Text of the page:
Blood clots are a culprit of many blood flow problems in the body. If in the arteries they can lead directly to heart failure. Chronic blood clots found in the lungs, medically known as pulmonary emboli, can lead to PAH. However, even the scars from previous blood clots can cause symptoms. These scars block, or significantly narrow, the pulmonary arteries, which leads to blood flow problems and pressure. This is called chronic thromboembolic pulmonary hypertension. This condition can be exceedingly dangerous as the scar is deformed tissue that is attached to the lining of the artery wall, and it cannot be moved along or ruptured to relieve the blockage of flow.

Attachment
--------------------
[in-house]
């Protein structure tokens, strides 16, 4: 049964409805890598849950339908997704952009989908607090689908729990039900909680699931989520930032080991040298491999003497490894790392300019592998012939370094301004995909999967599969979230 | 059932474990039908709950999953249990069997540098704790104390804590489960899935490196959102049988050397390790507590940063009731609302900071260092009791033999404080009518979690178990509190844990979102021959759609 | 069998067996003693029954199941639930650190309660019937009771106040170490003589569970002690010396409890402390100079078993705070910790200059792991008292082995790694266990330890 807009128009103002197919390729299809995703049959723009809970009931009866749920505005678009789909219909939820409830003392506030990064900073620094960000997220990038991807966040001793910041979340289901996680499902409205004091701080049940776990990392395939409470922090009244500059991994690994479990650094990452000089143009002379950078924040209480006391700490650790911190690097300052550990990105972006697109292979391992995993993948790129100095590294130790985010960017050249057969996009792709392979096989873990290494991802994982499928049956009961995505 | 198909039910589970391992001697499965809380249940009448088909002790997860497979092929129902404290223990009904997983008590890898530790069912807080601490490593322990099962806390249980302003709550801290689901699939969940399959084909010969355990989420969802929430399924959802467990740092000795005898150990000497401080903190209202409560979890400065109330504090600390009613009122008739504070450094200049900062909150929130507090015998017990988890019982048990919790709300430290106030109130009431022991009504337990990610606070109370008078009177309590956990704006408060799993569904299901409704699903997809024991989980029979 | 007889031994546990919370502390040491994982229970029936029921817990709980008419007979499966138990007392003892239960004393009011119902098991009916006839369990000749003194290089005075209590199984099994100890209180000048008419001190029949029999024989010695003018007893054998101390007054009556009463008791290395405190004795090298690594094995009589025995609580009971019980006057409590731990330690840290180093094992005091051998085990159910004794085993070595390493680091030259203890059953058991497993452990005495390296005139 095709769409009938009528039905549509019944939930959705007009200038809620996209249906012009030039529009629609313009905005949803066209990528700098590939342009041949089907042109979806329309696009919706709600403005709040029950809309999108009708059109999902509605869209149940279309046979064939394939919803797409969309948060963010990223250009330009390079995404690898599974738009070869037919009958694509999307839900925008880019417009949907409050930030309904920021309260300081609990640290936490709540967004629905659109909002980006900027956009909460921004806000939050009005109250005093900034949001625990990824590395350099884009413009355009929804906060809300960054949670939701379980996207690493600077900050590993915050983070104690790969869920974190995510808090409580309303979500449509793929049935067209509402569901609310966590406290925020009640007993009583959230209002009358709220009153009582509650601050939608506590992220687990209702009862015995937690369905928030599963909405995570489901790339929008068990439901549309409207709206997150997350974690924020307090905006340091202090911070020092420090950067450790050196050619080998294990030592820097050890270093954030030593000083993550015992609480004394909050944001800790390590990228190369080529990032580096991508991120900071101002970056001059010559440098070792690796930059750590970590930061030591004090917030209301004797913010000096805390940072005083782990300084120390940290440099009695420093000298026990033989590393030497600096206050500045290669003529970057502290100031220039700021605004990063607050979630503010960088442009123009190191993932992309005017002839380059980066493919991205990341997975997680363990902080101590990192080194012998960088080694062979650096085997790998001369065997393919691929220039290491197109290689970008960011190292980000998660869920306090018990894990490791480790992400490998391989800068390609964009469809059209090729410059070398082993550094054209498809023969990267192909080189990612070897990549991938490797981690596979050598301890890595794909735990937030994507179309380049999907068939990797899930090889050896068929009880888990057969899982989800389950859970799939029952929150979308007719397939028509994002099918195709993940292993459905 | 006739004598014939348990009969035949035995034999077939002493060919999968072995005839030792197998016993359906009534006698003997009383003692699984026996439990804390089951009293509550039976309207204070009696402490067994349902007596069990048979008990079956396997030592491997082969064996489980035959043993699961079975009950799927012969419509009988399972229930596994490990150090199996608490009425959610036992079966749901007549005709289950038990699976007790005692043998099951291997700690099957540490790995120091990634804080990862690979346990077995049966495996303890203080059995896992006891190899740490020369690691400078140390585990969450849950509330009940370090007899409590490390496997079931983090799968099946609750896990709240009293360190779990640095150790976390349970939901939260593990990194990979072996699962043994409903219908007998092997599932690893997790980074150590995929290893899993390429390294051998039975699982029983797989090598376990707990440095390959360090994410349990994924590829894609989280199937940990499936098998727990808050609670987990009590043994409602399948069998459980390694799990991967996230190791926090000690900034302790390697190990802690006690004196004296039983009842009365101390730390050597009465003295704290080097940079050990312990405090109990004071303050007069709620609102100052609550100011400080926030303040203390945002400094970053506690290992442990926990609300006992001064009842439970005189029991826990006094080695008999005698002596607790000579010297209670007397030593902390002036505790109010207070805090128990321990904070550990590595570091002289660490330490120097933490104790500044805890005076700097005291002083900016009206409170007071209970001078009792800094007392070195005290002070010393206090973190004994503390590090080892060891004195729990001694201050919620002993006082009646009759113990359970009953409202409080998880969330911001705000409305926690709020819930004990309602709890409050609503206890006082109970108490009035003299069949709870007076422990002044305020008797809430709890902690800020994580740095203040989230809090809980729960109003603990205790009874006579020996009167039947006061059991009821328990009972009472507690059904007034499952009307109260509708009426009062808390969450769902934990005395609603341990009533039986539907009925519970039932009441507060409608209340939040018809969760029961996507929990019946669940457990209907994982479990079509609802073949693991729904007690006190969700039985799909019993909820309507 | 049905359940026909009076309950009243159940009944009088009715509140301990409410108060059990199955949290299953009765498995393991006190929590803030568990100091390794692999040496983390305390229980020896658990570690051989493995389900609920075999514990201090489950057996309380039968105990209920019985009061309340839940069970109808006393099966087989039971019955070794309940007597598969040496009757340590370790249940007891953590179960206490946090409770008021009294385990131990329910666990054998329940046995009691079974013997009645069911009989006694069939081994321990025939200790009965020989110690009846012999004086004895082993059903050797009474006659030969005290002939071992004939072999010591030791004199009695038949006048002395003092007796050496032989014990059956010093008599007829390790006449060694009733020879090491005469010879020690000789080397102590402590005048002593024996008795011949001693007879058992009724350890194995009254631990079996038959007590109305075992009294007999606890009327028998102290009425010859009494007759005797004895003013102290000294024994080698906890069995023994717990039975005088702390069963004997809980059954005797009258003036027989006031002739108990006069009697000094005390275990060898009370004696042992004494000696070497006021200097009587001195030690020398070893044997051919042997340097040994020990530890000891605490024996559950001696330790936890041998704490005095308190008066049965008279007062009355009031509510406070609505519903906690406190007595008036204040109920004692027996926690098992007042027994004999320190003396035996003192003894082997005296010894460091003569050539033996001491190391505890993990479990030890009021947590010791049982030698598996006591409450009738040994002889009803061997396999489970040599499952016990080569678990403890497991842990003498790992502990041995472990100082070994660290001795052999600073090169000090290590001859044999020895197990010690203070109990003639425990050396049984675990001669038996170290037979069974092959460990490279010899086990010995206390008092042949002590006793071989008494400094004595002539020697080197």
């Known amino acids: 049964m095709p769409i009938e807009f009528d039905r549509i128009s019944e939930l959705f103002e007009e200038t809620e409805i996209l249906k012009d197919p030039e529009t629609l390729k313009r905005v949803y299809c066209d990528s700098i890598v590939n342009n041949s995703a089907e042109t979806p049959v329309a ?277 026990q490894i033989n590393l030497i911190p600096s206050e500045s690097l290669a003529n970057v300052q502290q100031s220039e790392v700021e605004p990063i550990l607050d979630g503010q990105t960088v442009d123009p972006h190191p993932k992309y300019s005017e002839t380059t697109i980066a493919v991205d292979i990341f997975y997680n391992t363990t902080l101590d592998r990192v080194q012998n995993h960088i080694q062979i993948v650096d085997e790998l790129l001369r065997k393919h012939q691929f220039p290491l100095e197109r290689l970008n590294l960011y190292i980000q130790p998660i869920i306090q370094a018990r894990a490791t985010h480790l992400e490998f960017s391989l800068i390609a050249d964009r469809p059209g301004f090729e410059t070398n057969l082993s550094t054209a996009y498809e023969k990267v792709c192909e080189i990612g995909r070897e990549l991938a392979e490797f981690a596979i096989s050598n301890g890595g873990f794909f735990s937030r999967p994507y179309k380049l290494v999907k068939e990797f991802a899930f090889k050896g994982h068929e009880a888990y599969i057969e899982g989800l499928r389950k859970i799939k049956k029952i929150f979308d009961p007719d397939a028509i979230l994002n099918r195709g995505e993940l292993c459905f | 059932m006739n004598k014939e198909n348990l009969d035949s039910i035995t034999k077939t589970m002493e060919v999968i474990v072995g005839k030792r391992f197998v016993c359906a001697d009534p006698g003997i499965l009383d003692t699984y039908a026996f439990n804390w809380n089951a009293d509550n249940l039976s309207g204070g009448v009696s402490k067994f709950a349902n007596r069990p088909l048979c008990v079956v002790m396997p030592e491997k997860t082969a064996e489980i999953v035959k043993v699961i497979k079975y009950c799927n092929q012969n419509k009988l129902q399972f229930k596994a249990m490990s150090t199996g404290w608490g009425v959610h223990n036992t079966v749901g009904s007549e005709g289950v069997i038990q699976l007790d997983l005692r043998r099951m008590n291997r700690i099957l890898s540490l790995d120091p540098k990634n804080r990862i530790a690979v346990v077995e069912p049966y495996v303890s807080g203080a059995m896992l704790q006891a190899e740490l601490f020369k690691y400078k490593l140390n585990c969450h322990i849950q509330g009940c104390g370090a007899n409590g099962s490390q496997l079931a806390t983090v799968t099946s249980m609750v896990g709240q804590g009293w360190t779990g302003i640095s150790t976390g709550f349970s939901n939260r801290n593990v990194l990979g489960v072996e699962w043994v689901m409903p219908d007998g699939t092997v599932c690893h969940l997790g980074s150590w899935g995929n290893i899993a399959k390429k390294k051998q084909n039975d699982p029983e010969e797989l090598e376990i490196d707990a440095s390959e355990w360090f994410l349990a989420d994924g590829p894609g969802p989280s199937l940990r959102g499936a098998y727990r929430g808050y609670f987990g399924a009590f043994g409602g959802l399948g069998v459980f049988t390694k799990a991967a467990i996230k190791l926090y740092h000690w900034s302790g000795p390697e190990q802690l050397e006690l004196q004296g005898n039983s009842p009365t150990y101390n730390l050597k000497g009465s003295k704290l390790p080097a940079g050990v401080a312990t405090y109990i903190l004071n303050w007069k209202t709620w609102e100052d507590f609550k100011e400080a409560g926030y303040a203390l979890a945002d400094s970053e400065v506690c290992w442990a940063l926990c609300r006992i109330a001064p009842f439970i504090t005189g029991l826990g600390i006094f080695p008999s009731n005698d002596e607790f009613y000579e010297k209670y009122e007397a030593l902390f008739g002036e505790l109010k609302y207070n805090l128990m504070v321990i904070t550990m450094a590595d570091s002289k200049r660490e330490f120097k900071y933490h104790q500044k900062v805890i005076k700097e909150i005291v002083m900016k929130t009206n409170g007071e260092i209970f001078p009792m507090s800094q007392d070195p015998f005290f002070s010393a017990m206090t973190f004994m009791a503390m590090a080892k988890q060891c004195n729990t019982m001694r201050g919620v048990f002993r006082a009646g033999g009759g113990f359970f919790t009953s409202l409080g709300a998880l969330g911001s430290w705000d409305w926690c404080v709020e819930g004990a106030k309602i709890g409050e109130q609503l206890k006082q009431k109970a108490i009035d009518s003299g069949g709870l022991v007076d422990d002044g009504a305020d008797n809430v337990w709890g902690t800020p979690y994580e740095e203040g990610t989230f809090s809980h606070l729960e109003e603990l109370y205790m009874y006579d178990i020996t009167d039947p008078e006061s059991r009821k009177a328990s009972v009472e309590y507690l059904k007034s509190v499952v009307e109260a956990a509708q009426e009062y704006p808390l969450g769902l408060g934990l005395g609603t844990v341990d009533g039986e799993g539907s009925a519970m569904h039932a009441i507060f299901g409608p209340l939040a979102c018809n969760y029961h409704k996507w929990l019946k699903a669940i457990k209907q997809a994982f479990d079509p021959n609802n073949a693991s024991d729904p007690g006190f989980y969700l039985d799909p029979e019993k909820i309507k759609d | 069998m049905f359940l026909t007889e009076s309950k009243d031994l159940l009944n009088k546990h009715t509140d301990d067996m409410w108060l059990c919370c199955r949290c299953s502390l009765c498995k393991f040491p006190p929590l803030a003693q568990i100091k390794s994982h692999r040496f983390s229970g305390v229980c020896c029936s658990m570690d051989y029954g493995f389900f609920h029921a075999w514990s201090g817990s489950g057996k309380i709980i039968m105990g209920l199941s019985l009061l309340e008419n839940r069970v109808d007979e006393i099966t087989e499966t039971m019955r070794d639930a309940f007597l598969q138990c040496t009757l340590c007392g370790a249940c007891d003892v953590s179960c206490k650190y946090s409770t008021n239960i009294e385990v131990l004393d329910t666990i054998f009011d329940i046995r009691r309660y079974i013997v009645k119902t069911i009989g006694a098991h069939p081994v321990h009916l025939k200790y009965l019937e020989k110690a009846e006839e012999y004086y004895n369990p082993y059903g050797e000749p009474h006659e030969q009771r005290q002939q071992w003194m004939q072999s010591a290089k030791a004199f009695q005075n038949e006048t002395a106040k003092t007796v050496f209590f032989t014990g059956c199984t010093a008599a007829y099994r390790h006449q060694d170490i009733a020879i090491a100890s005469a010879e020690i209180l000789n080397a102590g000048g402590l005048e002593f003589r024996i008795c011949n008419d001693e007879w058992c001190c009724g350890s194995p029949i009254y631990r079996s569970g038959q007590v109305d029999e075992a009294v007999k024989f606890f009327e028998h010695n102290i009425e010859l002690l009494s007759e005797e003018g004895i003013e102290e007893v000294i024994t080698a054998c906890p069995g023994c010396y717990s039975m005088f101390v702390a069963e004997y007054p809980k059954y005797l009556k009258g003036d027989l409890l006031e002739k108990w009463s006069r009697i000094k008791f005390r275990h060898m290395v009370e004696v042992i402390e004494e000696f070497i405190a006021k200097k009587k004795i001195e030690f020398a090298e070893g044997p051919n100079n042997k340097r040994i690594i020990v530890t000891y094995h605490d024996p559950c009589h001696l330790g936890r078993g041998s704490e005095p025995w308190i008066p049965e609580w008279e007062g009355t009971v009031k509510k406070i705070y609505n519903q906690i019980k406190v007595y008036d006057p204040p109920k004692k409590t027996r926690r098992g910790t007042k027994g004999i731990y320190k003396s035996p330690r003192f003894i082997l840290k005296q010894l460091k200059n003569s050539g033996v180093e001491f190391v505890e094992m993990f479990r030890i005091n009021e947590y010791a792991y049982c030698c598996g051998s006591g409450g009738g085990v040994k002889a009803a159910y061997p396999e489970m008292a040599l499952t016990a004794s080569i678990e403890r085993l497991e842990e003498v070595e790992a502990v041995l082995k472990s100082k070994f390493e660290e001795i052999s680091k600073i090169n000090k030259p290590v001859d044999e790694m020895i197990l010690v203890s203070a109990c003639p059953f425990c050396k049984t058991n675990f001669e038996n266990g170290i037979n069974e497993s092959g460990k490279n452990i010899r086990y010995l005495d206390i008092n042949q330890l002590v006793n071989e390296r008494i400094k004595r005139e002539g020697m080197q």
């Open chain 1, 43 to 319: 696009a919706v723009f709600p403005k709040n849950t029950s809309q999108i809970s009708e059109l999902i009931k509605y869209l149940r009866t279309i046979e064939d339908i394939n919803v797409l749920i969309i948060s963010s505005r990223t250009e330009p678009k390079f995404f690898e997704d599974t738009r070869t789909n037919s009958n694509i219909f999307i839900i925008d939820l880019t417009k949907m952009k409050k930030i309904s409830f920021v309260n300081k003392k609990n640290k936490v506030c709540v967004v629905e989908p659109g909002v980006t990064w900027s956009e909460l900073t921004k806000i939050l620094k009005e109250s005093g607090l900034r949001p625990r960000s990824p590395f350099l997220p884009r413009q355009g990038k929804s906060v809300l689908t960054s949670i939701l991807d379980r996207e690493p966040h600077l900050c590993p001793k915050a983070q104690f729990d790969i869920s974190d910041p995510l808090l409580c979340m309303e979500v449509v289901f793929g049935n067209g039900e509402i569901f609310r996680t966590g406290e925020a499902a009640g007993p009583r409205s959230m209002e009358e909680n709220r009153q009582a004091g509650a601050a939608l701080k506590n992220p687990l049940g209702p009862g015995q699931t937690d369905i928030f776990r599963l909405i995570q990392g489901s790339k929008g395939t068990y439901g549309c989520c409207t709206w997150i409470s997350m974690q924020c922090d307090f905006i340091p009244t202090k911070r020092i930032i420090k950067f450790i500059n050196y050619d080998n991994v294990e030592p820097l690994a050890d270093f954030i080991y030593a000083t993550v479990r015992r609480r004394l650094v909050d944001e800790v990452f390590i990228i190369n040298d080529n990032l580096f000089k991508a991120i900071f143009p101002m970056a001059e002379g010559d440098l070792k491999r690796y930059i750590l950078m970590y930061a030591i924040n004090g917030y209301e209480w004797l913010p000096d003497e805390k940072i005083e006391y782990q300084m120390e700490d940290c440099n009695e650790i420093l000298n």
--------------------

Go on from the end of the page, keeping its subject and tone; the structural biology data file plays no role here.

If you have a hole in your heart, between the two lower heart chambers, or ventricles, this is called Eisenmenger syndrome. This is a type of congenital heart disease which referrers to a ventricular septal defect in the heart and leads to PAH. The hole causes the blood to the heart to flow abnormally, or not circulate properly. This means the red blood cells, which carry oxygen) mix with the blue blood cells (oxygen-poor blood) and flows to the lungs instead of going to the rest of your body. This increases pressure greatly in the pulmonary arteries and causes PAH.
Medical disorders associated with pulmonary arterial hypertension include blood disorders, metabolic disorders like glycogen storage disease and disorders, which affect organs in the body, such as sarcoidosis and tumors in the artery which block blood flow. It is medically unclear exactly why these several disorders of the body lead to PAH. More research is being held as to why it occurs, and as to what precautions can be taken to avoid the linking of PAH to these conditions.